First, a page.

Karl Miller

Karl Miller founded the London Review of Books in 1979, and went on to edit it for many years. Formerly literary editor of the Spectator and the New Statesman, and editor of the Listener, he was also Lord Northcliffe Professor of Modern English Literature at University College London. Among his books are Cockburn's Millennium and Doubles, which Alan Massie has described as two of 'the most illuminating books about Scotland to have appeared in my lifetime.' Karl Miller's vivid portrait of James Hogg, Electric Shepherd, appeared in 2003.

Books by Karl Miller

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Henry Cockburn (1779-1854), a leading Scottish Whig of the nineteenth century, author of the classic Memorials of His Time , is perhaps the least-known of Scotland’s famous men. 'Small, solid ...

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‘This is a book about the magazines I have edited. I have written it in order to describe what they were like, and what literary journalism was like, and to ...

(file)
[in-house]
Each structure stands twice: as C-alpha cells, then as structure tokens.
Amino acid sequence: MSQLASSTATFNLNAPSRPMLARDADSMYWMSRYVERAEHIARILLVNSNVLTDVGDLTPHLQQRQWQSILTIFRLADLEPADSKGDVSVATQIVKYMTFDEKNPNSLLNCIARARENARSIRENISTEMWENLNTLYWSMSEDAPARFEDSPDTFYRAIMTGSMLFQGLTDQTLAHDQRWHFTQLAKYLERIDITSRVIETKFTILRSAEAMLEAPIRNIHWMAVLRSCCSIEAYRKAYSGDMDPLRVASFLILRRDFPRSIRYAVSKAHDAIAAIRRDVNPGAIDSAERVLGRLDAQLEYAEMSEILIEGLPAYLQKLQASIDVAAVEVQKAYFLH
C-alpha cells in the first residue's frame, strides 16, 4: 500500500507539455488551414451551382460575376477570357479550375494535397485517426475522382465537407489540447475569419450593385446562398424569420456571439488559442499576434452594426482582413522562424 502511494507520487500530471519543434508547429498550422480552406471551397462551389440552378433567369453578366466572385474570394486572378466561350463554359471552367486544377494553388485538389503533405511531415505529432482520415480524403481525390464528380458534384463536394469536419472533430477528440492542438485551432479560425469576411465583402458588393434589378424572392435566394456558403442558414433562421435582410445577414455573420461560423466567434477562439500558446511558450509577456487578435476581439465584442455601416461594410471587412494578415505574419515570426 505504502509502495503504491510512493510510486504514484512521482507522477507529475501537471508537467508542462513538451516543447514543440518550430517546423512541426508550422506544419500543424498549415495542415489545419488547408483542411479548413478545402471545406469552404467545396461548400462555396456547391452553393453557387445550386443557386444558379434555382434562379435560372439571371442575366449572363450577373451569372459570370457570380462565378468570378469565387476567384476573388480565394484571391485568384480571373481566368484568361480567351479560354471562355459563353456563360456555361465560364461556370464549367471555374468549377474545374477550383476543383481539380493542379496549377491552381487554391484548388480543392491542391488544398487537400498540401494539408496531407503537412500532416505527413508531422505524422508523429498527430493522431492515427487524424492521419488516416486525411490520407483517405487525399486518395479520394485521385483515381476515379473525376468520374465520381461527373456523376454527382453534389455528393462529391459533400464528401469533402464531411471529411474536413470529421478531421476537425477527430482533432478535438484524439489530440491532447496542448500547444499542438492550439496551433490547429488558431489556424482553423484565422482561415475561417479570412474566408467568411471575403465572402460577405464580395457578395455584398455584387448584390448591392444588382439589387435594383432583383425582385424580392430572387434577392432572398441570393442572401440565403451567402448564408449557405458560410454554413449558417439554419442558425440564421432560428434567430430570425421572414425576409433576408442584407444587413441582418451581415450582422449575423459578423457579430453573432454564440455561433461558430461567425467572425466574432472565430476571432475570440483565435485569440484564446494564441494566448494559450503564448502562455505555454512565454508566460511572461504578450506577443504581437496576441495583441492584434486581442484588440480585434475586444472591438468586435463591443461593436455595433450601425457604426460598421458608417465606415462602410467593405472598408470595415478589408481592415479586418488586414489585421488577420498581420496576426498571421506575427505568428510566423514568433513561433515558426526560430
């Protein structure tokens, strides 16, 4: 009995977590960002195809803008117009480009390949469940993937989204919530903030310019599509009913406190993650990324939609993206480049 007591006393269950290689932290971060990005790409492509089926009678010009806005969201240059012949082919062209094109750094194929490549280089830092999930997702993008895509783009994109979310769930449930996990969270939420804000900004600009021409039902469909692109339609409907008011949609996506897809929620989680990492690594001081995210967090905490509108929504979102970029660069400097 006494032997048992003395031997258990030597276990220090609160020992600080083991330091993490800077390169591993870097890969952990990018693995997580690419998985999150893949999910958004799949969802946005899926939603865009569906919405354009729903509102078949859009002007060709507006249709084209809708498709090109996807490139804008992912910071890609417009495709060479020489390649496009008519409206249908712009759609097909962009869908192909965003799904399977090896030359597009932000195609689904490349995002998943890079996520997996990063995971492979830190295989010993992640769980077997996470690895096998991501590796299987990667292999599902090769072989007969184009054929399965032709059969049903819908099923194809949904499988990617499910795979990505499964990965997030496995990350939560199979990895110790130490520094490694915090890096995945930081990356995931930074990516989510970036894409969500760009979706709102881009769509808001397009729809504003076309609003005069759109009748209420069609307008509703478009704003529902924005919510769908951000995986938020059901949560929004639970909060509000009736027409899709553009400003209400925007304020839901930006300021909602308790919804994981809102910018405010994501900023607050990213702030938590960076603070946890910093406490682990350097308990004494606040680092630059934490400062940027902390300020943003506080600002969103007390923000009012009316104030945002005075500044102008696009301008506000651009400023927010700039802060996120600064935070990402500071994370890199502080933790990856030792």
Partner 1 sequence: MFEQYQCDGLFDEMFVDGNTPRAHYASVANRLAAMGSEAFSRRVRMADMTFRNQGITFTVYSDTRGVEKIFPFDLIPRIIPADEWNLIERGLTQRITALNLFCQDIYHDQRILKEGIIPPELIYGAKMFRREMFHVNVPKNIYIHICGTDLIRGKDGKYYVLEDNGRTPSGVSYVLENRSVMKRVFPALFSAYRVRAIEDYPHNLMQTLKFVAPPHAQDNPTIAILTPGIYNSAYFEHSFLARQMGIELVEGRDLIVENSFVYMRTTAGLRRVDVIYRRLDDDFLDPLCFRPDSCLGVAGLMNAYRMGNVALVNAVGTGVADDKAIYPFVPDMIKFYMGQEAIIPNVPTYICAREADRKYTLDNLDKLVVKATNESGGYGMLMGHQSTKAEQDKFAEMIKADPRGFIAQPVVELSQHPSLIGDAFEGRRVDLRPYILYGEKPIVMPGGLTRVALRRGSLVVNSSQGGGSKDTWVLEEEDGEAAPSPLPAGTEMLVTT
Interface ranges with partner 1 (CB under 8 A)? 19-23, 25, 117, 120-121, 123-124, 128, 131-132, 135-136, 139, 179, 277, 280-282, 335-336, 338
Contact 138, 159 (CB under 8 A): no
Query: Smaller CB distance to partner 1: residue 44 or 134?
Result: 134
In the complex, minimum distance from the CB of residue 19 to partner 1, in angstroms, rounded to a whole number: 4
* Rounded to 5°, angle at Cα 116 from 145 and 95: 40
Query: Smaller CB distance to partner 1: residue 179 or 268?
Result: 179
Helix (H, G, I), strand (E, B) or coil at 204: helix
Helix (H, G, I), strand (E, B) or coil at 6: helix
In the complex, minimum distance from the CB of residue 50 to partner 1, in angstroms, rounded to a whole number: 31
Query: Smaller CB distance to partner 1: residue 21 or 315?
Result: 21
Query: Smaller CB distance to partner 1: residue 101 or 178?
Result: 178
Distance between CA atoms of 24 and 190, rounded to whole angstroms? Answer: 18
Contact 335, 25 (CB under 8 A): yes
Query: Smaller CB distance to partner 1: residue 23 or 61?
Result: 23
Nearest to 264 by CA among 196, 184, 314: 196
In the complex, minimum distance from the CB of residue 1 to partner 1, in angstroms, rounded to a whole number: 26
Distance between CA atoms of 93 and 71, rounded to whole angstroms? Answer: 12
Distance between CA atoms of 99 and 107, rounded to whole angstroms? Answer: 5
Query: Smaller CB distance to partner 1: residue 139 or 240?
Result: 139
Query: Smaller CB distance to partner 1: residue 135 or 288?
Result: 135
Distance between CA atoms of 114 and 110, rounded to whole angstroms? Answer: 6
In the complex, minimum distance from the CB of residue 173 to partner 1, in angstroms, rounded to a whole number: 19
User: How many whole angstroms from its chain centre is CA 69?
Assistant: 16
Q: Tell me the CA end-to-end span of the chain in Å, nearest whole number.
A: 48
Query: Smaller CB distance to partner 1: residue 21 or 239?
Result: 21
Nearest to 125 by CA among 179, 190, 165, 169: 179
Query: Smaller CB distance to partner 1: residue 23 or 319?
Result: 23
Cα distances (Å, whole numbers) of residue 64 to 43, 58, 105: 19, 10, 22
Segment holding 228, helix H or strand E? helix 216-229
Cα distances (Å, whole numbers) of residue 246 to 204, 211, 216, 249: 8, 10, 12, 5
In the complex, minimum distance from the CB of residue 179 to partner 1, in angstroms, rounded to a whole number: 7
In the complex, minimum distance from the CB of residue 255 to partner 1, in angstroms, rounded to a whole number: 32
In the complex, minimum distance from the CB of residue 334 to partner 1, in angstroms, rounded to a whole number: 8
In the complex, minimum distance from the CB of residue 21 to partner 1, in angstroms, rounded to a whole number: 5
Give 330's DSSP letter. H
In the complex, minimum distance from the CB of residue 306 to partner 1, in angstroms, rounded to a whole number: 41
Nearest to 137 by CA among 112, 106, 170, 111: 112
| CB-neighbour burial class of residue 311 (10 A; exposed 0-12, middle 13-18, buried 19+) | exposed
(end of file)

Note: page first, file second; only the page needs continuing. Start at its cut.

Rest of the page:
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This is a book about the imagining of two or more selves in one. It examines the belief in what was known to the nineteenth century as the duality of ...

Electric Shepherd

is a likeness of James Hogg, poet and shepherd, and one of Scotland's most unusual literary figures. With no schooling after the age of seven, Hogg struggled ...

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These essays, as Karl Miller points out in his introduction, are 'largely about a time that is past, about the modern Scotland which began after the First World War and ...

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'Miller was in his mother’s womb when she left his father in London, bringing to an end a brief marriage. Rebecca’s Vest treats subsequent beginnings and phases of ...

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